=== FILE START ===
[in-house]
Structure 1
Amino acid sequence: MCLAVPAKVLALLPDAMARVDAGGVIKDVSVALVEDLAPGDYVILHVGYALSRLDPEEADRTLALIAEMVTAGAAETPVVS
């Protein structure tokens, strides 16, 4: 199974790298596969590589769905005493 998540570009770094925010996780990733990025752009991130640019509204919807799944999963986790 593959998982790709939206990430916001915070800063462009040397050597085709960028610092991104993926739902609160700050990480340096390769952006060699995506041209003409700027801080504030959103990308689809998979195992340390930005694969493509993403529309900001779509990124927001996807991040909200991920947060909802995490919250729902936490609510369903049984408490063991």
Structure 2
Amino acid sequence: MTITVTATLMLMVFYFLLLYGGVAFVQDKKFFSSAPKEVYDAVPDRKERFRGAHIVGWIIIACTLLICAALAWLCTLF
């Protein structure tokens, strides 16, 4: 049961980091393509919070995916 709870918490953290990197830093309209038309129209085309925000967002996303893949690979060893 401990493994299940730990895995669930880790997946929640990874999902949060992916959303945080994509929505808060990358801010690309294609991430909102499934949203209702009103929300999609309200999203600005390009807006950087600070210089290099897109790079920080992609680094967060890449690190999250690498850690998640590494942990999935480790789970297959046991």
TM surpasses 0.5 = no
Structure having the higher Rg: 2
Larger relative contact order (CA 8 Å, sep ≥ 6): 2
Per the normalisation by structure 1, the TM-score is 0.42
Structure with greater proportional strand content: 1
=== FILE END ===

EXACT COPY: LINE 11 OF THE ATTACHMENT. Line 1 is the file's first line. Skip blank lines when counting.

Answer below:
Per the normalisation by structure 1, the TM-score is 0.42